Children: innocent witnesses of meth
Sometimes Mom prepares bologna sandwiches for her kids' school lunches. Other times she cooks up a batch of methamphetamine on the kitchen stove.
When she does, the strong smell of ammonia and other harsh chemicals fills the air, and chemicals spill on the floor where children play.
The children watch or sometimes are awakened as people come and go at odd hours. They wonder why their curtains are always closed. They wonder why they can't have friends over to play.
One morning, as officers arrest their mother and take her away, the children watch. They're always watching.
Life is not easy for the children of meth.
A stark reality
Dave Zoellner, Leavenworth County undersheriff, said that on April 3, officers seized a meth lab near Basehor. A mother and two sons, ages 9 and 10, were in the home.
This was the eighth meth lab seized in the southern half of Leavenworth County during the last 1 1/2 years. Of these eight, four were in homes. A total of eight children lived in three of those four homes.
In one of the houses, Zoellner said, a very young child slept in a carrier on the living room floor. Officers entering the house saw a mouse run on top of the child. In another room, two teenage children, a girl and a boy, slept together on the seat of a van that had been carried into the house. The mother and her boyfriend slept in a waterbed in the bedroom. It was the only real bed in the house.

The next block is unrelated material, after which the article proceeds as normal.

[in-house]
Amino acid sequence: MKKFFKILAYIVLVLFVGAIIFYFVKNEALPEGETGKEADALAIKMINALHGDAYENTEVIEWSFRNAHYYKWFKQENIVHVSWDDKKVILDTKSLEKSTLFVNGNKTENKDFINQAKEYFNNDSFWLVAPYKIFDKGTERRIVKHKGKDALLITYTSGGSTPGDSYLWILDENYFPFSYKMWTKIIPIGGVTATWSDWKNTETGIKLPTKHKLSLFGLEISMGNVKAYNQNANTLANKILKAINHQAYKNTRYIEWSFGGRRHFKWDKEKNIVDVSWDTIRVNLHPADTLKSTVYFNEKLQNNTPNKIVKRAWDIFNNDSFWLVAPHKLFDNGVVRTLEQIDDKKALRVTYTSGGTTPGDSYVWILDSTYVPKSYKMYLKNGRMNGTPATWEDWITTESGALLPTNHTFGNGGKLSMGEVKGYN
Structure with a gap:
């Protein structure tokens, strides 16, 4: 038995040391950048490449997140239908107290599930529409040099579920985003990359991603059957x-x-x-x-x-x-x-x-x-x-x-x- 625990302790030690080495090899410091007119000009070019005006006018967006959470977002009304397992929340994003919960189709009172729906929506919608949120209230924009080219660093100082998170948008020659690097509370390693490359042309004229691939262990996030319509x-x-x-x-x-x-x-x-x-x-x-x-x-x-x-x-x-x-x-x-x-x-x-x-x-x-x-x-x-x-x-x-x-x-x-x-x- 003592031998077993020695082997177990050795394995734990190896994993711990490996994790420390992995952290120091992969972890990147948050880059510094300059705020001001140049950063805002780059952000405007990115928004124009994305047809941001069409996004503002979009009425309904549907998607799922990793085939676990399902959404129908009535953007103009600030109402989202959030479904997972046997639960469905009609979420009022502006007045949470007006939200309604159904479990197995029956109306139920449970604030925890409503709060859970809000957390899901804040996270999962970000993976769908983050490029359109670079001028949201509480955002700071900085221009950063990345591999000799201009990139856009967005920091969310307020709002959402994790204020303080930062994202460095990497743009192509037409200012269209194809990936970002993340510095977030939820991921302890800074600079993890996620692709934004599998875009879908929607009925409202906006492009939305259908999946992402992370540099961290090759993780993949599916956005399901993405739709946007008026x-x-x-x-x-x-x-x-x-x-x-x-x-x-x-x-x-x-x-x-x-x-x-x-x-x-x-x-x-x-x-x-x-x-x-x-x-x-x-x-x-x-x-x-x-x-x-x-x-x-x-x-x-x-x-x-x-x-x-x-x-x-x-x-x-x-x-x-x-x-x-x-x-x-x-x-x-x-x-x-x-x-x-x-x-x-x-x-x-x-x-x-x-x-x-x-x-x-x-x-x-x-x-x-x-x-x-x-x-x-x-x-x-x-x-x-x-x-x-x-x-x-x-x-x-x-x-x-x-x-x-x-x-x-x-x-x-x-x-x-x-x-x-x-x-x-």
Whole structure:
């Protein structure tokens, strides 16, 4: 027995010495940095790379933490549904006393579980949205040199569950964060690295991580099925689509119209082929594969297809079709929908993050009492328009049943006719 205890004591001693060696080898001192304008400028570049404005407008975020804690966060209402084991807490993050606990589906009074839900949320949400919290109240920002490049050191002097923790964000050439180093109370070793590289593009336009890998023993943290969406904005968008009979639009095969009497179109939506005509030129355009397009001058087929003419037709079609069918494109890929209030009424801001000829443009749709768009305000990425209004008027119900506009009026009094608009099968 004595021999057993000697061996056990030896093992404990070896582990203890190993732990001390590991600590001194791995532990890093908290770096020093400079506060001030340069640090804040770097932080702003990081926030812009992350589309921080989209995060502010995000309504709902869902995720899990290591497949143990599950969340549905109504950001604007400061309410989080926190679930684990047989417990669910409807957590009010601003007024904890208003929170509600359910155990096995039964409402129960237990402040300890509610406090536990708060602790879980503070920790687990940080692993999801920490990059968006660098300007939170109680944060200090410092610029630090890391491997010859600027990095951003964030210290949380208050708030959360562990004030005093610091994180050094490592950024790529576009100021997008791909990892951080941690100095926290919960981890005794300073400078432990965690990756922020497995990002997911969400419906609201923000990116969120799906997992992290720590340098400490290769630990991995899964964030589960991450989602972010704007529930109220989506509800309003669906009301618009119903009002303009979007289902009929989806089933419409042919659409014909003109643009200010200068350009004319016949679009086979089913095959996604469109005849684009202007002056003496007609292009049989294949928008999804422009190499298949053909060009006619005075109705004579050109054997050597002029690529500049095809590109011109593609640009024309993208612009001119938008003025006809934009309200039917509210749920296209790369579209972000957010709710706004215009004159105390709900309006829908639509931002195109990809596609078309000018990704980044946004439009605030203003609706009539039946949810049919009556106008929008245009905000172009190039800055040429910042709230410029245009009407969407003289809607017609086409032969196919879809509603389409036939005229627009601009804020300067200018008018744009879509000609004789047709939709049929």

One can only think about these children who are growing up in Leavenworth County, maybe next door, maybe down the road, and wonder:
What's it like to be a child growing up in a home where the mother is cooking meth instead of soup? Why is the mother is dealing drugs instead of caring for her family?
What is meth?
It is only in the last two years that law enforcement has cracked down on the production of methamphetamine in Leavenworth County. This, Zoellner said, is because there weren't very many, if any, people making meth here before that.
Also known as speed, or crank, methamphetamine has been called the poor man's cocaine. It was prescribed as a diet drug during the 1960s and later used to help truck drivers stay awake on cross-country hauls. Then intravenous methamphetamine abuse spread, and the users were called speed freaks.
Meth can keep a person awake for as long as 14 days, and it causes paranoia and hallucinations, severe mood disturbance and bizarre thoughts that last long after the chemicals wear off. Meth users suffer withdrawal symptoms similar to that of cocaine users.
Because meth can be manufactured using inexpensive and common products, users can make it at home. For a $100 investment, a batch of meth can be cooked that can sell for about $2,000 on the street.
A growing concern
Unfortunately, sometimes children do live in homes where meth is manufactured, said Scott Teeselink, senior special agent with the Kansas Bureau of Investigation.
According to Teeselink, the manufacture of meth in Kansas has increased drastically during the last six years.
Because of this increase, and because meth is commonly manufactured in the family home, it is likely that the health and welfare of more and more Kansas children could be threatened.